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Phoebe Fox, Austin from the Air, Santiago Tafolla

Michael Barnes
mbarnes@statesman.com

MEDIA: We knew that Austinite Tiffany Yates Martin was an expert editor of fiction. We suspected she wrote under the pen name “Phoebe Fox” with the same amusing acuity that she displays in daily conversation. We didn’t know, however, that Martin is a marketing maven and party planner. All this became evident when she launched Fox’s “The Breakup Doctor” at Langford Market in the Second Street District with superb snacks, quickie makeovers and a fashion show. Martin applies the term “chick lit” to this tale about a matchmaker-in-reverse. The crowd at Langford looked about right for that market. (I tell you, Martin knows her stuff.) Martin/Fox told me “Doctor” was the first in a three-book deal. Read it now. I smell a TV or movie deal.

HISTORY: Reading 1930s Austin from the air. From my story in the Statesman: “Crowdsourcing is a splendid thing. Combined with rigorous archival research and traditional interviews, the practice of soliciting ideas from a large group of people can produce crucial historical perspectives. Consider this: An aerial photograph of Austin from the 1930s was posted on social media two weeks ago. It was shared scores of times, and hundreds of readers responded to the query: “What things do you immediately notice?”The black-and-white image shows a compact city laid out on a basic grid. We are looking north. To the left is Shoal Creek, to the right a sliver of East Austin. The uppermost part of the frame shows an expanse of prairie farmland, the lower portion reveals the ragged southern bank of the Colorado River, pocked with quarries, lagoons and backwaters. The very first response, from John McElhenney, proved among the most salient: “Smaller.”” http://shar.es/P8Lzb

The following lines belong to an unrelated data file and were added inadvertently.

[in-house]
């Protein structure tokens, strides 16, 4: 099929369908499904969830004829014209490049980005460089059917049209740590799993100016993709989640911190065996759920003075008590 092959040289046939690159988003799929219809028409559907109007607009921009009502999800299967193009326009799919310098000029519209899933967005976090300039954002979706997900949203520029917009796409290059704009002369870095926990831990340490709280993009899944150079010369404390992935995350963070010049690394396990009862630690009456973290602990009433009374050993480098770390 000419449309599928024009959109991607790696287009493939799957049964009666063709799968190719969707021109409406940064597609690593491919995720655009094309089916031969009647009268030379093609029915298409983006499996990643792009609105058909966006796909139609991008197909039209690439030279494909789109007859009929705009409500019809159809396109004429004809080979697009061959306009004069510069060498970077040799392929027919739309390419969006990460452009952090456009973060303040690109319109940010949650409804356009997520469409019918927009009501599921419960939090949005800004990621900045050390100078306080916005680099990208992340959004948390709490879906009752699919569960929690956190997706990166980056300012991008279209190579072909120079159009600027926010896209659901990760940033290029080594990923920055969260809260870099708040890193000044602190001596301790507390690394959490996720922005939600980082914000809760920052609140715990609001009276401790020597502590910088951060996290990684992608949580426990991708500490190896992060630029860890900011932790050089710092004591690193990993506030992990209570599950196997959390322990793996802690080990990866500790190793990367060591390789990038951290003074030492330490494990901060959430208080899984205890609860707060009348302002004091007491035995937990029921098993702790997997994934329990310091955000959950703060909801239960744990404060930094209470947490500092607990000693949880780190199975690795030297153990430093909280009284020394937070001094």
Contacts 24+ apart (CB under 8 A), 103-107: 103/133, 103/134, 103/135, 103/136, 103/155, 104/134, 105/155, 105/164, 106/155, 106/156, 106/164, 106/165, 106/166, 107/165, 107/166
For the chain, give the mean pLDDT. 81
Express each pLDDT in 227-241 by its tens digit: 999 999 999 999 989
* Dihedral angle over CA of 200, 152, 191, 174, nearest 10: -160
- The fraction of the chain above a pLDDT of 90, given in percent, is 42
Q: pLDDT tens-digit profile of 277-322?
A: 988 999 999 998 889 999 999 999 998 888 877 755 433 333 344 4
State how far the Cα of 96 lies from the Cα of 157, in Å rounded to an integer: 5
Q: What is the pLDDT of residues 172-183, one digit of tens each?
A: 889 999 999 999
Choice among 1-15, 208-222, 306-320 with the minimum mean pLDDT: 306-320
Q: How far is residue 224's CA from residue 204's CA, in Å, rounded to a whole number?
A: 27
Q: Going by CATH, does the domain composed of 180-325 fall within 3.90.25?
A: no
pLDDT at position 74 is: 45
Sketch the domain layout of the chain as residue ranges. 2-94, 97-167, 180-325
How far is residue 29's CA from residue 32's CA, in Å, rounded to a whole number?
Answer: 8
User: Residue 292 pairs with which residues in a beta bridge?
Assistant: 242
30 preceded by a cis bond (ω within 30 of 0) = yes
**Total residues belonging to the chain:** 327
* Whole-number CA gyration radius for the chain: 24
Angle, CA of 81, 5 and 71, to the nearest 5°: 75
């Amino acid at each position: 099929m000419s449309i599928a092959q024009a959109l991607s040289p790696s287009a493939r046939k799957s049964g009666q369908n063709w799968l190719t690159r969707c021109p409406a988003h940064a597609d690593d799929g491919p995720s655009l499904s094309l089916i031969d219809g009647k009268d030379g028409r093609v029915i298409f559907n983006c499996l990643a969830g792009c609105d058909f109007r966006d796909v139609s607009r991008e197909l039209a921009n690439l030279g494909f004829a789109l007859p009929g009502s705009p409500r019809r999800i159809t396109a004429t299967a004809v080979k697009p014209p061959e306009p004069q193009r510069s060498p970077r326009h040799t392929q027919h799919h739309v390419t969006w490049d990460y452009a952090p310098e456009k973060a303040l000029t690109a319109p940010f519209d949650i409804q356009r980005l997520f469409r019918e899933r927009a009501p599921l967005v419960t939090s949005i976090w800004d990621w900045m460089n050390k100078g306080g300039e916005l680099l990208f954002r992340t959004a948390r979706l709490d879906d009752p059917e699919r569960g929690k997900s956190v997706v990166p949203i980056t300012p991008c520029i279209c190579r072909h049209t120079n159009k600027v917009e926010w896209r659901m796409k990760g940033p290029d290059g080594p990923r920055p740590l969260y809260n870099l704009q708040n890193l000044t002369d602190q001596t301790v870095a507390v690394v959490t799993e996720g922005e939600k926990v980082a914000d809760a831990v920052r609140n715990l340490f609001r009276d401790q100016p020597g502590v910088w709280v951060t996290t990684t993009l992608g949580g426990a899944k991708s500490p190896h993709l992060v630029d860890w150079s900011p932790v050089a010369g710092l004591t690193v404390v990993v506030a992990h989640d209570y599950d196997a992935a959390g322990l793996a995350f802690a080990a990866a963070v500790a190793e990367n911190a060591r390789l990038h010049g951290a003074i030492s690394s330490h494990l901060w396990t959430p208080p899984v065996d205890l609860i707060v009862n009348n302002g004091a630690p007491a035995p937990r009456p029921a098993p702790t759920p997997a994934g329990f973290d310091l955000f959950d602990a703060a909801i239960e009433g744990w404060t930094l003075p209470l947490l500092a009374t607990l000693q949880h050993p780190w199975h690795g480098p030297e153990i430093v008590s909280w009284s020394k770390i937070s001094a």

HISTORY 2: Tejano Santiago Tafolla chronicled racism in Confederate Army.From Julie Chang’s story in the Statesman: “Santiago Tafolla wrangled camels and horses like a cowboy. He prevented bloodshed between Hispanic and white Confederates in the Civil War. He was elected a justice of the peace, but quickly resigned after being wracked with guilt about his vices and became a circuit-riding minister instead. His memoir reads like an adventure novel, 120 handwritten pages that meticulously documents 19th century life from the Tejano perspective. Considered to be the only memoir by a Mexican-American foot soldier in the Civil War, it provides a rare look at racism in the ranks and other daily struggles.The original 1908 manuscript, written in pencil in Spanish, is now a part of Texas State University’s Wittliff Collections. “Even Santiago writing in 1908 felt that that we were being left out of history because the extent to which he includes details … names, it’s almost as if he knows history would question the authenticity of his account,” said his great-granddaughter Carmen Tafolla of San Antonio. “He wants to make sure that there was someone there to justify it.” http://shar.es/PDnsE